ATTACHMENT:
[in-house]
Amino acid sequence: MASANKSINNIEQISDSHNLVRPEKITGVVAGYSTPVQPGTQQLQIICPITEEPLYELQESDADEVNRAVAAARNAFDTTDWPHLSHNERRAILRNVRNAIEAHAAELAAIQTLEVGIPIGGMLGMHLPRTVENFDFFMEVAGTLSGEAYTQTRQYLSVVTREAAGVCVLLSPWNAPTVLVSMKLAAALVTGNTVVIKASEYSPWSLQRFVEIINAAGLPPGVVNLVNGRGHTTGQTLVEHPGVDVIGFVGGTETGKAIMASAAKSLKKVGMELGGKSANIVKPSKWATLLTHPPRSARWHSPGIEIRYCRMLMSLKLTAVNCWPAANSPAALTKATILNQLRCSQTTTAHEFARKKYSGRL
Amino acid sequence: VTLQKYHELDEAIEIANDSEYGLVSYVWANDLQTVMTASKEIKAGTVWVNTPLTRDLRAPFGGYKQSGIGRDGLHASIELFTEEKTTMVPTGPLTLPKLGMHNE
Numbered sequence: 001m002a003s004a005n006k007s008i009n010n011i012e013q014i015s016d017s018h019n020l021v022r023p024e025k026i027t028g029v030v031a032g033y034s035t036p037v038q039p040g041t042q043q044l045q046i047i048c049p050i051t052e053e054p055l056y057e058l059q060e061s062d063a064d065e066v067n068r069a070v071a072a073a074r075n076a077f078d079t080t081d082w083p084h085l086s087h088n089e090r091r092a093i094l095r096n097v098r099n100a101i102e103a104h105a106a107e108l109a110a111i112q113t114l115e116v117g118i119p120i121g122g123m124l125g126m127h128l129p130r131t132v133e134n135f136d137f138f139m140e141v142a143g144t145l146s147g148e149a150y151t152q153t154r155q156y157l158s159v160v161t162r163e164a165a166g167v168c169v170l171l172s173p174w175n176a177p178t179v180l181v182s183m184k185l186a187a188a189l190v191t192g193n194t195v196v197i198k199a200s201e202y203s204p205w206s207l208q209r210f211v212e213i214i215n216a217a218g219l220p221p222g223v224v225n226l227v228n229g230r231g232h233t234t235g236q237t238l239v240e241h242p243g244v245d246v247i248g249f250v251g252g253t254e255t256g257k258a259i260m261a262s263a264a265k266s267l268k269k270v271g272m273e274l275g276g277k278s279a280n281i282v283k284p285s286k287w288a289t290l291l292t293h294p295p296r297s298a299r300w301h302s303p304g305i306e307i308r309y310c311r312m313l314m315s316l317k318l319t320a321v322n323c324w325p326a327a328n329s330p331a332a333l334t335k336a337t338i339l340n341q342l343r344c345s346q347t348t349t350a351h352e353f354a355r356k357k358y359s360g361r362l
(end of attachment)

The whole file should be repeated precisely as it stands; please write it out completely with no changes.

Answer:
[in-house]
Amino acid sequence: MASANKSINNIEQISDSHNLVRPEKITGVVAGYSTPVQPGTQQLQIICPITEEPLYELQESDADEVNRAVAAARNAFDTTDWPHLSHNERRAILRNVRNAIEAHAAELAAIQTLEVGIPIGGMLGMHLPRTVENFDFFMEVAGTLSGEAYTQTRQYLSVVTREAAGVCVLLSPWNAPTVLVSMKLAAALVTGNTVVIKASEYSPWSLQRFVEIINAAGLPPGVVNLVNGRGHTTGQTLVEHPGVDVIGFVGGTETGKAIMASAAKSLKKVGMELGGKSANIVKPSKWATLLTHPPRSARWHSPGIEIRYCRMLMSLKLTAVNCWPAANSPAALTKATILNQLRCSQTTTAHEFARKKYSGRL
Amino acid sequence: VTLQKYHELDEAIEIANDSEYGLVSYVWANDLQTVMTASKEIKAGTVWVNTPLTRDLRAPFGGYKQSGIGRDGLHASIELFTEEKTTMVPTGPLTLPKLGMHNE
Numbered sequence: 001m002a003s004a005n006k007s008i009n010n011i012e013q014i015s016d017s018h019n020l021v022r023p024e025k026i027t028g029v030v031a032g033y034s035t036p037v038q039p040g041t042q043q044l045q046i047i048c049p050i051t052e053e054p055l056y057e058l059q060e061s062d063a064d065e066v067n068r069a070v071a072a073a074r075n076a077f078d079t080t081d082w083p084h085l086s087h088n089e090r091r092a093i094l095r096n097v098r099n100a101i102e103a104h105a106a107e108l109a110a111i112q113t114l115e116v117g118i119p120i121g122g123m124l125g126m127h128l129p130r131t132v133e134n135f136d137f138f139m140e141v142a143g144t145l146s147g148e149a150y151t152q153t154r155q156y157l158s159v160v161t162r163e164a165a166g167v168c169v170l171l172s173p174w175n176a177p178t179v180l181v182s183m184k185l186a187a188a189l190v191t192g193n194t195v196v197i198k199a200s201e202y203s204p205w206s207l208q209r210f211v212e213i214i215n216a217a218g219l220p221p222g223v224v225n226l227v228n229g230r231g232h233t234t235g236q237t238l239v240e241h242p243g244v245d246v247i248g249f250v251g252g253t254e255t256g257k258a259i260m261a262s263a264a265k266s267l268k269k270v271g272m273e274l275g276g277k278s279a280n281i282v283k284p285s286k287w288a289t290l291l292t293h294p295p296r297s298a299r300w301h302s303p304g305i306e307i308r309y310c311r312m313l314m315s316l317k318l319t320a321v322n323c324w325p326a327a328n329s330p331a332a333l334t335k336a337t338i339l340n341q342l343r344c345s346q347t348t349t350a351h352e353f354a355r356k357k358y359s360g361r362l